“Close the door,” commanded the doll, and Margaret obeyed. She then proceeded to sit on the bed, the doll already there.
The doll’s face shifted, a red glimmer in its eyes. It charged at Margaret, a knife in its hand.
After all these years, Miss Myra Stevens still worked at the old doll shop. Every time a little girl came to buy a doll, she would always point to the same one on the shelf behind the counter, and that’s the one they would buy. After having the doll in the house for a few months, they learned to accept it as their own, giving it everything a real girl would need. All was well until the day that it would all end. It would always be the same: the doll would say “come and play” and the girl would obey.
It was always the little girls that would end up dead. No adults were meant to be killed. The only reason Aunt Elizabeth was murdered was because she knew something wasn’t right since she didn’t live in the house. Maybe the doll would have left her alone if she wasn’t planning on telling anyone, but, of course, that was unlikely.
Miss Myra Stevens walked downstairs into the basement to add the latest addition to her collection. The basement was full of glass cases and inside those glass cases were… bodies.
But there was something off about them. They didn’t look quite like normal dead bodies would. The bodies of the little girls had been stuffed, their faces painted, and their eyes glass. They were made into real life size dolls preserved in glass cases.
Myra kneeled and began working. First the stuffing, then the painting, and finally, the eyes made of glass. Once she was done, she carefully picked up the new doll and placed it gently into and empty glass case. She then picked up her litter and threw it down the chute that led to a hole deep underground.
“Well done ma petite chérie,” said Miss Myra, while lightly stroking the killer doll’s hair. Why did the doll have human abilities? Because, in a way, it was human. You see, when
Miss Myra Stevens went to avenge her dear beloved son, for her, killing the murderer was not enough. So, she trapped his soul in this very doll. He would now have to serve her and be devoted to her for all of eternity.
She believed it was her duty to make people feel the pain of losing your only child. To her it wasn’t fair that such a horrible thing would happen in her life but not in other lives. But these parents could never feel the same pain that she felt. Because of the incantation that the doll brought upon the families in order to be accepted into them, the residents could barely remember having a daughter, let alone loving her.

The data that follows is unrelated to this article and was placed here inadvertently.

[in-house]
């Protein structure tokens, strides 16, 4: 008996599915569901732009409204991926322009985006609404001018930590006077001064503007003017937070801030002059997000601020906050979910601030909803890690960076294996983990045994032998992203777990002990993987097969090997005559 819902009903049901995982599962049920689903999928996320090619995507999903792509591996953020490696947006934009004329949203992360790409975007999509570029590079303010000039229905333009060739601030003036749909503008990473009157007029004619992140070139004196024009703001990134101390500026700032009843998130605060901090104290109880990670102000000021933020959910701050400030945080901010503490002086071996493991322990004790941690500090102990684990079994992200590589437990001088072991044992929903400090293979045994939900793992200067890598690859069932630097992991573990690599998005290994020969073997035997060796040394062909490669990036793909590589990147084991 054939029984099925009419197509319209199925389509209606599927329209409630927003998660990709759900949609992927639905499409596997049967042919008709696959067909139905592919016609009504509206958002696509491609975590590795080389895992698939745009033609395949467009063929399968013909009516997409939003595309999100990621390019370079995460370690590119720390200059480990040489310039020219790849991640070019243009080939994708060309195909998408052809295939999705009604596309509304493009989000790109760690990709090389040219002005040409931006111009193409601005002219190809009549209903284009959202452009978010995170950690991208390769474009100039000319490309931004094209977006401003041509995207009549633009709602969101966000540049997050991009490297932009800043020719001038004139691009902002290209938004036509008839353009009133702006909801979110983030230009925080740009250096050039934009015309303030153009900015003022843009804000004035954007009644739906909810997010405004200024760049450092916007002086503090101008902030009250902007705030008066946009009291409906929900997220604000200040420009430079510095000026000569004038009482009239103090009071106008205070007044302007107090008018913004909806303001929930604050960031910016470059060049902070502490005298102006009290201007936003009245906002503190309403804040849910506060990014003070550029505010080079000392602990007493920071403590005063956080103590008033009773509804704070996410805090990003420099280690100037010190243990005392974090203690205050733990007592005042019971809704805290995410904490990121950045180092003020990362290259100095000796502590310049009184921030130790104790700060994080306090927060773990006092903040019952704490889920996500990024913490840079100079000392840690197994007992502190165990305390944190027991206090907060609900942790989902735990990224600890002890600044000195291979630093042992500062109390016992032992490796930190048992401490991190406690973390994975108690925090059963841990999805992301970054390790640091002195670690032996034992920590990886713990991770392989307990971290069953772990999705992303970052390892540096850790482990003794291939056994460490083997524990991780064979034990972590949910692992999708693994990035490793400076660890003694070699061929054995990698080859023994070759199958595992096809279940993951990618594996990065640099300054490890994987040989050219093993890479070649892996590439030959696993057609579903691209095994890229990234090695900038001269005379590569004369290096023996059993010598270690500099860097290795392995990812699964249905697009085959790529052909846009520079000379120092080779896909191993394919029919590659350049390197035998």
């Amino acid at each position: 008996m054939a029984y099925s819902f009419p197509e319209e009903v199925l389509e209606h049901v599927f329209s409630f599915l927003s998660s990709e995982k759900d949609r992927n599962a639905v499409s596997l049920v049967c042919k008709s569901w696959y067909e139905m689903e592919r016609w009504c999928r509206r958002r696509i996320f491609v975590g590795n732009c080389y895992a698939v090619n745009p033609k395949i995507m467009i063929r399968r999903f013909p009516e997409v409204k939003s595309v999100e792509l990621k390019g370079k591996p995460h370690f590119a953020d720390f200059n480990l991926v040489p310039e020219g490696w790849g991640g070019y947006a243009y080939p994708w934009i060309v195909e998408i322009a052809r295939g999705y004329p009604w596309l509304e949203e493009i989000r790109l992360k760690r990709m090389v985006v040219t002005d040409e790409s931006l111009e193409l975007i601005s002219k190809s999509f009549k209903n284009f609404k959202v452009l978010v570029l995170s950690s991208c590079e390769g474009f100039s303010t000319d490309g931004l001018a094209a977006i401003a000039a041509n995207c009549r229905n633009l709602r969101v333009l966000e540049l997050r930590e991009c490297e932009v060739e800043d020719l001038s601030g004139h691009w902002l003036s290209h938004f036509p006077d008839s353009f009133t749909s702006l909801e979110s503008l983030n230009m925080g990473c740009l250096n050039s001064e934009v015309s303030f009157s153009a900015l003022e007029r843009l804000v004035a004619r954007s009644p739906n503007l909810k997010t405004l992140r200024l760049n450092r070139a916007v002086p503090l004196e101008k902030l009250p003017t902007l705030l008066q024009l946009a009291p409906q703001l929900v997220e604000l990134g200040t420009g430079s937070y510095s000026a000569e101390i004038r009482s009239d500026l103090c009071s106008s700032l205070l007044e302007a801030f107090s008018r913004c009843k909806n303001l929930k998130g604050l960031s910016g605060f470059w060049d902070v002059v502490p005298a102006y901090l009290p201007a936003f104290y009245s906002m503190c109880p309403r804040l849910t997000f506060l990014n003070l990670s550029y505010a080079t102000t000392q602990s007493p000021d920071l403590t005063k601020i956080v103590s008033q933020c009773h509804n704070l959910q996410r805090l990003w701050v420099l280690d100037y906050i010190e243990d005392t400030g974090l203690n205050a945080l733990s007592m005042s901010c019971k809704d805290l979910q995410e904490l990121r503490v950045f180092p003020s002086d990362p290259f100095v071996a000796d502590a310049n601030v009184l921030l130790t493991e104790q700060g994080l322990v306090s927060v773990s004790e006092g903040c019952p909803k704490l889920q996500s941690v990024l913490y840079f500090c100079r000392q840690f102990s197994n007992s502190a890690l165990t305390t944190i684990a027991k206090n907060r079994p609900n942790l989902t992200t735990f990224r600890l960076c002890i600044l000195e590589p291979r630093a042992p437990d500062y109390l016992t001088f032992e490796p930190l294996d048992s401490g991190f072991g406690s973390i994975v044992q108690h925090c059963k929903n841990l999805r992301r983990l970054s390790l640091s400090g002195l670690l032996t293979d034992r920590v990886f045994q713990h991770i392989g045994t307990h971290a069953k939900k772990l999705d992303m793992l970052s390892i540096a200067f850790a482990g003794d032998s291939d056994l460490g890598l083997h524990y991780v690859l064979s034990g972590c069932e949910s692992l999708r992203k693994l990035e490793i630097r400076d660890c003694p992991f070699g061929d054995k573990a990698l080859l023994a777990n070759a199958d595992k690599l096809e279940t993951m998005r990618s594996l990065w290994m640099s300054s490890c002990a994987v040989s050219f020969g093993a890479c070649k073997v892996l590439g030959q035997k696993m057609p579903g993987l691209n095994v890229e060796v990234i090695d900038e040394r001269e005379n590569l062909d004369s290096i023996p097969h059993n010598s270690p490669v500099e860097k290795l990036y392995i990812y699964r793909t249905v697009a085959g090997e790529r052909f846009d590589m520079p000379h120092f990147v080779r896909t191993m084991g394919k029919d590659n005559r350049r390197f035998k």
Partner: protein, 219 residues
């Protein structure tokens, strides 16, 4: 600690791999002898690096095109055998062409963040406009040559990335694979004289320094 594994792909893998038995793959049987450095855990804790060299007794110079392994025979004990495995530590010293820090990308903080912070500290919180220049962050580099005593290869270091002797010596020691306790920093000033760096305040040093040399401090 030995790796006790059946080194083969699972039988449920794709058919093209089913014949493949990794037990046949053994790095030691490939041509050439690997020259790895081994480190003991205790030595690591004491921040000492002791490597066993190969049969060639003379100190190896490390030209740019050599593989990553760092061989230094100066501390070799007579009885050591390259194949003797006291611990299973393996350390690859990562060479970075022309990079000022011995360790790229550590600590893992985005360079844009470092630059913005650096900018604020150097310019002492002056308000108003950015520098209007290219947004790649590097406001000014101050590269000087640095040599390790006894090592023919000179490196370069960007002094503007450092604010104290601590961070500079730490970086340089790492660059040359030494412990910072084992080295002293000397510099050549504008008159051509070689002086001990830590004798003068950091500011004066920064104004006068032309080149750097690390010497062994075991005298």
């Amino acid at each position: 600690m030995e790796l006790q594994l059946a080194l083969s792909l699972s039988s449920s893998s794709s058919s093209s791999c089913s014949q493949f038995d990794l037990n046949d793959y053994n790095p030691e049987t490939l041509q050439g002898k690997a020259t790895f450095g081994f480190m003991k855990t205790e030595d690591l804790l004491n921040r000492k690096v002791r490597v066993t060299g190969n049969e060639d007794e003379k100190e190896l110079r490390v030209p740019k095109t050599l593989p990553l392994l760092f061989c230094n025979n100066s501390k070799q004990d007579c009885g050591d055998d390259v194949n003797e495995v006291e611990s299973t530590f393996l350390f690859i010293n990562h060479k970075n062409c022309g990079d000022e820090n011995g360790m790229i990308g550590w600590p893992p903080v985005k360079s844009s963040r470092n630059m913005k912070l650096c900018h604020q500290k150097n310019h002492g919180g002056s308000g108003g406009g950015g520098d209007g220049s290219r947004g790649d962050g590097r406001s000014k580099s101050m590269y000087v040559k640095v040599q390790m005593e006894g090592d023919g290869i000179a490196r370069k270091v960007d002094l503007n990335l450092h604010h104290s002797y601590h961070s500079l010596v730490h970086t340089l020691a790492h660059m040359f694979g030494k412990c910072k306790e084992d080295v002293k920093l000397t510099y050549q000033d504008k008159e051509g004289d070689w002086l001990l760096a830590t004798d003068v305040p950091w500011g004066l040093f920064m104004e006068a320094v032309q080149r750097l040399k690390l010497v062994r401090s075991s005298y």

Why make the bodies into life sized dolls? Well, this was a doll shop. No one was ever going to find out anyway; Miss Myra’s protection charms did the trick. No one would ever suspect anything. People came and went but only entered the shop if they had an intention of purchasing a doll (one doll in particular, to be precise).
March 7, 1948
Arthur Camerson, husband of deceased Elizabeth Camerson, had finally arrived at the place of the murder of his lovely wife. He was here to investigate not his wife’s murder but something his wife had said before she had so abruptly stopped. Something about a doll….
“May I help you?” asked a police officer.
“Yes, actually. I am looking for something that has to do with dolls.” “Sorry?”
“Like, for example, a toy store that sells dolls or—“
“There’s a doll shop on the corner. No one really goes there but you might as well have a look.”
“Yes. Thank you, sir.”
Miss Myra Stevens was a bit confused when she saw Mr. Arthur Camerson enter her shop. He didn’t have a little daughter, so why would he ever be interested in a doll shop, especially this specific doll shop.
“May I help you, sir?” she asked.
“I don’t know. Do you sell any… special dolls?” “Special? Whatever do you mean?”
That’s when Arthur noticed something. It was a very small flicker… on a shelf across the counter… just a small movement coming from a doll with slightly red glowing eyes.”
“Excuse me, ma’am,” said Mr. Camerson. “I have to be somewhere right now.” Arthur hastily exited the shop, probably saving his life by doing so.
Who would have ever thought there would be a fire that very night, a fire so bad that nearly the all of the buildings on the street would be burned down. It had never occurred to Miss Myra Stevens that her long life would come to an end due to a fire. A fire would be no match to a witch like her if she had been conscious. But she wasn’t…. She was fast asleep….
As for the doll, it was destroyed in the flames as well. It couldn’t leave without the witch’s permission; it was bound to her for all of eternity as long as she was still living. All the bodies were destroyed; not a single bit of anything was left. Except for one thing…. The old doll maker’s soul was released and it migrates from place to place, doll to doll.